On the cover of the book, we see two cartoon characters, a stereotypical grandma and what seems to be a teenage girl making a dramatic face and holding her nose.
Once inside, it was difficult to ascertain the age of the girl. She seems little when standing by her mother or being hugged by her grandmother, but she manages to carry two large suitcases and a purse. Then again, she plays with dolls and enjoys being read to at bedtime.
Throughout the story, Collins’ character pictures dramatically portray the child’s various expressions of repulsion. The intensity of her reaction does not seem to match the rest of her family. Is the smell that bad, or is she overreacting? As well, the position Grandma holds gives the impression she has flatulence. But, when Grandma and the girl return from the walk, we are given the impression it’s body odour.
The little girl repeatedly shows her ingenuity by attempting ways to diminish the smell: drawing a bath, opening a window, and bringing in an air freshener. I was disappointed that she was unable to have any impact on the problem. Some girls might interpret this message as, you can’t change the situation, you just have to live with it. I confess, I dislike books that subtly give girls the message that the answer is passivity.
At the end of the story, the little girl decides, that because Grandma cherishes her, she can love her back, smell and all. The message of accepting people as they are is a good one, however the idea that the repugnant body odour will continue without any intervention just doesn’t seem reasonable. Because the grandmother is portrayed as generous, affectionate, intelligent, active, and capable, the issue of body odour just doesn’t seem to fit her character.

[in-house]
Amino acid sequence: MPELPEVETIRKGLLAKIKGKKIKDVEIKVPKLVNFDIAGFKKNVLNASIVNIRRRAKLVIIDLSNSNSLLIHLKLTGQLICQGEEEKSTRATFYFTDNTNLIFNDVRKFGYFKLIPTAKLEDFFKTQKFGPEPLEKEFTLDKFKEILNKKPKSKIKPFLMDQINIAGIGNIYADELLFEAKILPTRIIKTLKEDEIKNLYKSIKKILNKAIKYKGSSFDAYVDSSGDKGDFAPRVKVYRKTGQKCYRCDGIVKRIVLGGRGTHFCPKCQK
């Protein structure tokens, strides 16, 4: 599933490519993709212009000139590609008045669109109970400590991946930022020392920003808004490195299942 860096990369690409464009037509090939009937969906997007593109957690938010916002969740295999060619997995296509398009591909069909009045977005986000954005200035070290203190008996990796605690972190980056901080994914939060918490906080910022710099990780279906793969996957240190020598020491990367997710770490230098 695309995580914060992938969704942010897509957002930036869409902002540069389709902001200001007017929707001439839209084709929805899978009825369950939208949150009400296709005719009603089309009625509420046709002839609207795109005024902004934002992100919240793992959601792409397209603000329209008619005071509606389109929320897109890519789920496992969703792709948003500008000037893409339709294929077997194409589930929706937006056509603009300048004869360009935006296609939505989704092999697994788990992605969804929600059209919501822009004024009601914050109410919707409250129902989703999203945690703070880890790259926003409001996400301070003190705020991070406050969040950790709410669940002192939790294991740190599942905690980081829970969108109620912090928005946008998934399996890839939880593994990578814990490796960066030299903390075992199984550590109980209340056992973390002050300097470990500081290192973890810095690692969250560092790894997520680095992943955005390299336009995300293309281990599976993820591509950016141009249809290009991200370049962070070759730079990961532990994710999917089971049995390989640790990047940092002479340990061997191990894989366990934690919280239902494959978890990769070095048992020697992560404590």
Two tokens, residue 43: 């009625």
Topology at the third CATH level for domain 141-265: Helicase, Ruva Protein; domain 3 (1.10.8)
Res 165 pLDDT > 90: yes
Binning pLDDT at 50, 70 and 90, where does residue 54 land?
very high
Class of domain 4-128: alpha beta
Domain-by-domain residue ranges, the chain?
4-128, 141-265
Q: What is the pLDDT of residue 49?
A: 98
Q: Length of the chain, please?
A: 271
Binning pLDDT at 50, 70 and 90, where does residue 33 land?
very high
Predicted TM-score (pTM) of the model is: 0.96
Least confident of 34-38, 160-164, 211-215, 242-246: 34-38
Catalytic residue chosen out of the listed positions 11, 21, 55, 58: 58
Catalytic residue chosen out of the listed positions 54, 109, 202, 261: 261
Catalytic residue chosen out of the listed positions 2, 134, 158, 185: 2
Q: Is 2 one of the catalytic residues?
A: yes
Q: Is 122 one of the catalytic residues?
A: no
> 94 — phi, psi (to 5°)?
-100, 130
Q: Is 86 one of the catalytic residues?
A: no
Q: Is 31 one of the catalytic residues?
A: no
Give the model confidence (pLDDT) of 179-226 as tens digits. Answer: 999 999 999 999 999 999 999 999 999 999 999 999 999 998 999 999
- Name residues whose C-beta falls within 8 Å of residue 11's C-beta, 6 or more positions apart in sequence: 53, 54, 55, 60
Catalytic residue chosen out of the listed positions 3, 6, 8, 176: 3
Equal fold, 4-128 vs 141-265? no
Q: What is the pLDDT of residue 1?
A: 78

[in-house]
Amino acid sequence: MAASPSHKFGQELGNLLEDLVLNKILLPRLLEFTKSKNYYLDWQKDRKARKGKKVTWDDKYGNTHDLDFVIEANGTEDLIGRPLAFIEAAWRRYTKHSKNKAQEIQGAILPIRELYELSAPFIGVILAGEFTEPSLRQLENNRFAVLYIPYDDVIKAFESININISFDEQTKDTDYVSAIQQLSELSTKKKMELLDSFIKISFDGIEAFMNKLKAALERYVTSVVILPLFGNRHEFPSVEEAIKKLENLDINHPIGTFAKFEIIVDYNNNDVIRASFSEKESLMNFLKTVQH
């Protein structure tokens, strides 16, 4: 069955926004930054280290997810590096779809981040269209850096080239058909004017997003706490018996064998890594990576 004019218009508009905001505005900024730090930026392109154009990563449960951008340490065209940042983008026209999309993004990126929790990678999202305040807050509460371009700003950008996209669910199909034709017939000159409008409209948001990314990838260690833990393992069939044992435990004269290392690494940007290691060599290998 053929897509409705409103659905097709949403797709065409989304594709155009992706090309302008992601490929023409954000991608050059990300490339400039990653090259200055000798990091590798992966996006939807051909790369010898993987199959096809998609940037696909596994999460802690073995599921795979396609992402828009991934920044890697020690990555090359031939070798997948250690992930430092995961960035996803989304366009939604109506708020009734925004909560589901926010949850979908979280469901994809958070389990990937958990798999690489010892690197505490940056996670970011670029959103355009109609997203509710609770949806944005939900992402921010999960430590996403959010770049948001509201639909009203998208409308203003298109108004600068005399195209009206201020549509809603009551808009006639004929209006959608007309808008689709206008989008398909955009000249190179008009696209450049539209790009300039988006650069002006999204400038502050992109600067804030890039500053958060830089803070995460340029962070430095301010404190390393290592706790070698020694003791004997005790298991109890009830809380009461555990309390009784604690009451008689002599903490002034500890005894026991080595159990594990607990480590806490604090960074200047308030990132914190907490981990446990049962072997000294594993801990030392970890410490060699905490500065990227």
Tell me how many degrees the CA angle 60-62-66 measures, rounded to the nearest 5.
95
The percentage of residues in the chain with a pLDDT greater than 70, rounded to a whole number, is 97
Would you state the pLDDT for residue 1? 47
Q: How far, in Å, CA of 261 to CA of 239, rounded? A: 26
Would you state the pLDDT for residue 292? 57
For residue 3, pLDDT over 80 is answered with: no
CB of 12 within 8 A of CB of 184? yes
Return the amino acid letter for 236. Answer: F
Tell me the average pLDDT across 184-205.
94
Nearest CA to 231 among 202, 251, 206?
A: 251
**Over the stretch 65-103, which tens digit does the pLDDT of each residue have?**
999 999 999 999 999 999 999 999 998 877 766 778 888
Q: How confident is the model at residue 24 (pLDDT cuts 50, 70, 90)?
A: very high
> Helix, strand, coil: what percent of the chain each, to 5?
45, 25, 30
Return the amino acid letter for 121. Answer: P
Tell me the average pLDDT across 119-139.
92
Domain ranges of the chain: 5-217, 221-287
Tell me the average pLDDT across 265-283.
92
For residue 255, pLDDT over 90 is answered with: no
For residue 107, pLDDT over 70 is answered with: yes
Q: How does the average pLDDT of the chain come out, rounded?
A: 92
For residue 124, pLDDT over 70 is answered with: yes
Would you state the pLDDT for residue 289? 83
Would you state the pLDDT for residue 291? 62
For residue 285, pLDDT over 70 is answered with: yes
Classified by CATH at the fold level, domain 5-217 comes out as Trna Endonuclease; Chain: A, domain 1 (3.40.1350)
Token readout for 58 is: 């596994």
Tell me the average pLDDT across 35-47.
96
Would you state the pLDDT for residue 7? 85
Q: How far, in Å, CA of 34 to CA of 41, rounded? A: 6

The tone of the story is mostly over the top silliness. Children will love repeating the phrase, “Grandma Stinks!” Parents would do well to discuss the inappropriateness of that phrase and ensure that their children are mature enough not to repeat it beyond story time. They should discuss reasons why the grandmother might have smelled bad and what the family could have done about it. Surely they would not want the grandmother to be shunned by other people because of her smell.
The family in the story is obviously kind and loving. Throughout the book, the reader assumes that the grandmother is unaware of her stench. However, the ending illustration is puzzling. Grandma winks at the reader and does the hand signal for okay. What are we to make of that?
Children will probably love this book. It will elicit lots of laughs and participation, but I think it needs to be handled with care. An adult should be prepared to discuss the issues raised by “Grandma Stinks!”
I was given a paperback copy of this book in return for publishing a review.